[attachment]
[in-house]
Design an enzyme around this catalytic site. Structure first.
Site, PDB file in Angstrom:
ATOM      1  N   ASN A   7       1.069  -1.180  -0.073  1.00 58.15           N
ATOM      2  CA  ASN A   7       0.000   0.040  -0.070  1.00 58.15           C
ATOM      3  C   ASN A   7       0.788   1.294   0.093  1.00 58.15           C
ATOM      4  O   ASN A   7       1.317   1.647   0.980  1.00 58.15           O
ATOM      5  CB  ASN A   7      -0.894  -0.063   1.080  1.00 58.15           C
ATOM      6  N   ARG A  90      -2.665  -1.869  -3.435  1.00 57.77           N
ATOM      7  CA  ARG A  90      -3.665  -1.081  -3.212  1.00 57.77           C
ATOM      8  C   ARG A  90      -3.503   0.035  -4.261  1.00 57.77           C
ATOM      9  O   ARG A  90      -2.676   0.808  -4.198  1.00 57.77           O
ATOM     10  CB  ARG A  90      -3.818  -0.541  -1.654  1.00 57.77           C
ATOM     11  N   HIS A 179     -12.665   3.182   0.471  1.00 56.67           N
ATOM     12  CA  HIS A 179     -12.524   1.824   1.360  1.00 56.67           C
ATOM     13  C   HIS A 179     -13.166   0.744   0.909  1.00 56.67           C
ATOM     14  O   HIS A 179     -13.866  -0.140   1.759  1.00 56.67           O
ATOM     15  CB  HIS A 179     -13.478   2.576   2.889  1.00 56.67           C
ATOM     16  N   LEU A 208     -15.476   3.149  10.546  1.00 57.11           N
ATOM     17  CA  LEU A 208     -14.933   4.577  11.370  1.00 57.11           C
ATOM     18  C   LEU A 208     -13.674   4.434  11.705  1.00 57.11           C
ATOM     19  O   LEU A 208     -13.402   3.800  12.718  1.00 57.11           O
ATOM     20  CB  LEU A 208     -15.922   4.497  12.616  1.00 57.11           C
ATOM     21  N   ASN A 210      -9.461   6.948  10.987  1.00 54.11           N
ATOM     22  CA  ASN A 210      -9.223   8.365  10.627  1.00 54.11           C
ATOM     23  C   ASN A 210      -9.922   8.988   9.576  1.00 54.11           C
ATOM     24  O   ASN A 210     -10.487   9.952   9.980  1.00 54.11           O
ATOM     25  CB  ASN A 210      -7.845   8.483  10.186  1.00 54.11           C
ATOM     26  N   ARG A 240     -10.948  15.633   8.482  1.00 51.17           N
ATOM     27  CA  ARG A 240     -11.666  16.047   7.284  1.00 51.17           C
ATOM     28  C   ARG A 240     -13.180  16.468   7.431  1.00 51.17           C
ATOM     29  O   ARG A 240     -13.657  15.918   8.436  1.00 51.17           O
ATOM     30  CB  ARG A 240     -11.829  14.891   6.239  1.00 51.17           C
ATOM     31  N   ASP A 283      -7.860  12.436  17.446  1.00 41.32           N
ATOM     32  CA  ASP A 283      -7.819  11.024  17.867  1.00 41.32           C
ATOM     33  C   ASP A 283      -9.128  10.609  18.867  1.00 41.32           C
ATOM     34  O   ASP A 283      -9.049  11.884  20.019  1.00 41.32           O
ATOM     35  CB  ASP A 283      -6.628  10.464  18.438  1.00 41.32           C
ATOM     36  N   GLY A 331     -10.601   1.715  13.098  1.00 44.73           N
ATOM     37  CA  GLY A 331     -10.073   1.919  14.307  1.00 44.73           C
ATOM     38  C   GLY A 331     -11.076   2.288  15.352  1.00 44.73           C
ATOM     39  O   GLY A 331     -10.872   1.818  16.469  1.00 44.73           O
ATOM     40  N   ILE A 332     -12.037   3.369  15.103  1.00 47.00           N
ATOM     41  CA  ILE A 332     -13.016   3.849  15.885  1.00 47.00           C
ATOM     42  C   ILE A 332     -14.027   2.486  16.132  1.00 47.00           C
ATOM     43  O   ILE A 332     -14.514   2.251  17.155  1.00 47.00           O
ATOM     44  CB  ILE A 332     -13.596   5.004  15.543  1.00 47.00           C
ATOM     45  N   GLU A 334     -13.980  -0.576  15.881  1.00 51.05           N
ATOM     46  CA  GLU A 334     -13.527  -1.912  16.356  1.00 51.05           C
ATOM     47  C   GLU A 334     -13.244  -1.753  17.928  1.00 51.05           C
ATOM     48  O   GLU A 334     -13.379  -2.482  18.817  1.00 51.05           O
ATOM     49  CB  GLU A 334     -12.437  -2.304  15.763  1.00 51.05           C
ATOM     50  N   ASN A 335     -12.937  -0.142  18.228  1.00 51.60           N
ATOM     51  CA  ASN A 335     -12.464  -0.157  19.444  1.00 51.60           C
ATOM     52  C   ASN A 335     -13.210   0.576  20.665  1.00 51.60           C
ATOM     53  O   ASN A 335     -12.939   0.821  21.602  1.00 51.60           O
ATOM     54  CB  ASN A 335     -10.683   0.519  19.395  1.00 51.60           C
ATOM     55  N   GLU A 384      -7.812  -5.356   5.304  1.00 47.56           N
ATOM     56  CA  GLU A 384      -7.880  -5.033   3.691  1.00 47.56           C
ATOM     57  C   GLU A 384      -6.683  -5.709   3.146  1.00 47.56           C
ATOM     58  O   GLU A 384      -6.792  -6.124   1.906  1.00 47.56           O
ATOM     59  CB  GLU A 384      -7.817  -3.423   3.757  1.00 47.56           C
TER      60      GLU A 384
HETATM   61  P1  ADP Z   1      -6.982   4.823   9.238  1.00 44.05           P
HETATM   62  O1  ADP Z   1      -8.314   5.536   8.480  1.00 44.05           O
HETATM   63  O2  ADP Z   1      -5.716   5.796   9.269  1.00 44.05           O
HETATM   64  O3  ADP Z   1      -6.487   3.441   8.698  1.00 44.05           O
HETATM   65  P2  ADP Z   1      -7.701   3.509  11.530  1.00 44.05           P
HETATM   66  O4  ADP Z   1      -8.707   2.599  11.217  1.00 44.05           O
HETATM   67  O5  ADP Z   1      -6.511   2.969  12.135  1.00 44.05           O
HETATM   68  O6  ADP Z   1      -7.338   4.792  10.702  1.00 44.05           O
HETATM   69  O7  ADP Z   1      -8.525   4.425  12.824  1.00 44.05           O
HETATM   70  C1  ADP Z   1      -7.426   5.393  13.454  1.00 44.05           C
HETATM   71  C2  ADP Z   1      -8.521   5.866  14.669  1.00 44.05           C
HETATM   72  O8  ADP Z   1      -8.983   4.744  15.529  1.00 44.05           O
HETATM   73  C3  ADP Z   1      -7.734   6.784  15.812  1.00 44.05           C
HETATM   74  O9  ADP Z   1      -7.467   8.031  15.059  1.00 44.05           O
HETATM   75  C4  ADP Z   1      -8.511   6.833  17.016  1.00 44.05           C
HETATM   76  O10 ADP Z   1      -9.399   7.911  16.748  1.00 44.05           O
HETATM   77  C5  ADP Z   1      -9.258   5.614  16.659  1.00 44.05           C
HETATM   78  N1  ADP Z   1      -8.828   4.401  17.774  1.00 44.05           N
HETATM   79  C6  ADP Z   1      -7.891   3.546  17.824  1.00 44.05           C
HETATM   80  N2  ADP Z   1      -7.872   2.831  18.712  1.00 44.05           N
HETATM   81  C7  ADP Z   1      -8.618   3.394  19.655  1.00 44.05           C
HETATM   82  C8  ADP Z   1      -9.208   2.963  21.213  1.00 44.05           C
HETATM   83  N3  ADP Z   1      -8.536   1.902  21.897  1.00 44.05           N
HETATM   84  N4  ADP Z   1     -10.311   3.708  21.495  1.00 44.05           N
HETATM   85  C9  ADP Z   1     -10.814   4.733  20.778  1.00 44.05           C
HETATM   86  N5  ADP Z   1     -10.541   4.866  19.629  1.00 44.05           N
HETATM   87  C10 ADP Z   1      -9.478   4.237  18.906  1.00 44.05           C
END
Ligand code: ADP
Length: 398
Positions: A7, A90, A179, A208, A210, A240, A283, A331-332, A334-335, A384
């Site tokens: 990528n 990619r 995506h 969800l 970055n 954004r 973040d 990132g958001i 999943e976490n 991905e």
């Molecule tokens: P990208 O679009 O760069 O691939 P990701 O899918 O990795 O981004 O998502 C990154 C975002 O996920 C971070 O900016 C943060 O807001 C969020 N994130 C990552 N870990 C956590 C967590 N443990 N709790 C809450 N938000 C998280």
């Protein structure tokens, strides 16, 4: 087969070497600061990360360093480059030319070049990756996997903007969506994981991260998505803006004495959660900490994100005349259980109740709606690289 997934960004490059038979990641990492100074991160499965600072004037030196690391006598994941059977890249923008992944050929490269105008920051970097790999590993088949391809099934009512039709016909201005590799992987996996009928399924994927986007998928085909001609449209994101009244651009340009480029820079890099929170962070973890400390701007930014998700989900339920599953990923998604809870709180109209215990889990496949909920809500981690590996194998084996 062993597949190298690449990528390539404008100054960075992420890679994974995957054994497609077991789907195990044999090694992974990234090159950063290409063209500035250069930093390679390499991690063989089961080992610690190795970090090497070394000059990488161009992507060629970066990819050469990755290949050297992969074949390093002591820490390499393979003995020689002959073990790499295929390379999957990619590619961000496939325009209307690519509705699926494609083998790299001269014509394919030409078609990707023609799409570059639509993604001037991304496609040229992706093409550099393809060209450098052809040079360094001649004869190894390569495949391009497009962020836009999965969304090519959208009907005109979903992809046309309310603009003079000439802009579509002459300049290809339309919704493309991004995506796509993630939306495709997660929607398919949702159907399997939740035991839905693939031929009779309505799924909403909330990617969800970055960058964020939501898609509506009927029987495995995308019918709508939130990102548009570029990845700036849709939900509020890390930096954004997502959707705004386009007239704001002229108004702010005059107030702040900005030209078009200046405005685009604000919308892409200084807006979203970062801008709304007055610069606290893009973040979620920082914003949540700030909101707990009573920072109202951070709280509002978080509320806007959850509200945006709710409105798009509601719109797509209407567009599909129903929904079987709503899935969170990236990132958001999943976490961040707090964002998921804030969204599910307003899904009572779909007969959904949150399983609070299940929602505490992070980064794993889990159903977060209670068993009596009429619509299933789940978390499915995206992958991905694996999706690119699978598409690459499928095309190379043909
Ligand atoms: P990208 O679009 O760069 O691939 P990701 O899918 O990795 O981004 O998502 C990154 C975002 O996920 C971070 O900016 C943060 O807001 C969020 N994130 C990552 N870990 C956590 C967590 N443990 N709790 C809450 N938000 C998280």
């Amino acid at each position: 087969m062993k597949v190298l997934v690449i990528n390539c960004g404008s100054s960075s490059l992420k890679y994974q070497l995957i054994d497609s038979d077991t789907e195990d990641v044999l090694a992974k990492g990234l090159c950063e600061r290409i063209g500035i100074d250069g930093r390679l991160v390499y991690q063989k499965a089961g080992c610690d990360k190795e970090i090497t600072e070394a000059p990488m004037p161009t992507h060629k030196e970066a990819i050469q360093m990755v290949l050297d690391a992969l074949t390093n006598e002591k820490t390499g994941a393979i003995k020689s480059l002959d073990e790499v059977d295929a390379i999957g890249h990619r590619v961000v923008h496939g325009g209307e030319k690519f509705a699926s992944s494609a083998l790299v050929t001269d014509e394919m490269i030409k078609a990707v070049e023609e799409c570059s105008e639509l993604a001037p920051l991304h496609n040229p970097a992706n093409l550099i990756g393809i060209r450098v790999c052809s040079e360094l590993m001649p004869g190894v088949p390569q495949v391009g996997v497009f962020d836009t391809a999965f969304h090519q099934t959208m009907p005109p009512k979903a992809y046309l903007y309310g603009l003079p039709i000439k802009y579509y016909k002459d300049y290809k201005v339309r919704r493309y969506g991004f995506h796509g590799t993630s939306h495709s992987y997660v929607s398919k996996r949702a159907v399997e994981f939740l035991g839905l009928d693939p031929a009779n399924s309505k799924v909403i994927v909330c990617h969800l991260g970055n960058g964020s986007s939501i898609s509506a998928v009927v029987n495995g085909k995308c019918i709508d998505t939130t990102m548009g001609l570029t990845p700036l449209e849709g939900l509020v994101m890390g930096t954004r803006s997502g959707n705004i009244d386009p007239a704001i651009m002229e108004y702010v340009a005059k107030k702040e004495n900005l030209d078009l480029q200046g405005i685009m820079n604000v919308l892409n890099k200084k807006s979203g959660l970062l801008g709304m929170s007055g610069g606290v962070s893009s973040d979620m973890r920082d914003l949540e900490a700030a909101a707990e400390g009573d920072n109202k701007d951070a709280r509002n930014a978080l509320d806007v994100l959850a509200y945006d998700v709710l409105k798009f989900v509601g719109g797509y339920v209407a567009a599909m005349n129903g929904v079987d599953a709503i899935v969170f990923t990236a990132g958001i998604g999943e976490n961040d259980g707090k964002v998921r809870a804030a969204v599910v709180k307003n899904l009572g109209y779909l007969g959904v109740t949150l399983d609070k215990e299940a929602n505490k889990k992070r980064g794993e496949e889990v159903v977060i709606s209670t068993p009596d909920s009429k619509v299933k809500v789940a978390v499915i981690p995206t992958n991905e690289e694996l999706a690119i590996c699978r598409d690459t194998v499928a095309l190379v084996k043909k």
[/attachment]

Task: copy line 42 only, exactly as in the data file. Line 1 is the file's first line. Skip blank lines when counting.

ATOM     39  O   GLY A 331     -10.872   1.818  16.469  1.00 44.73           O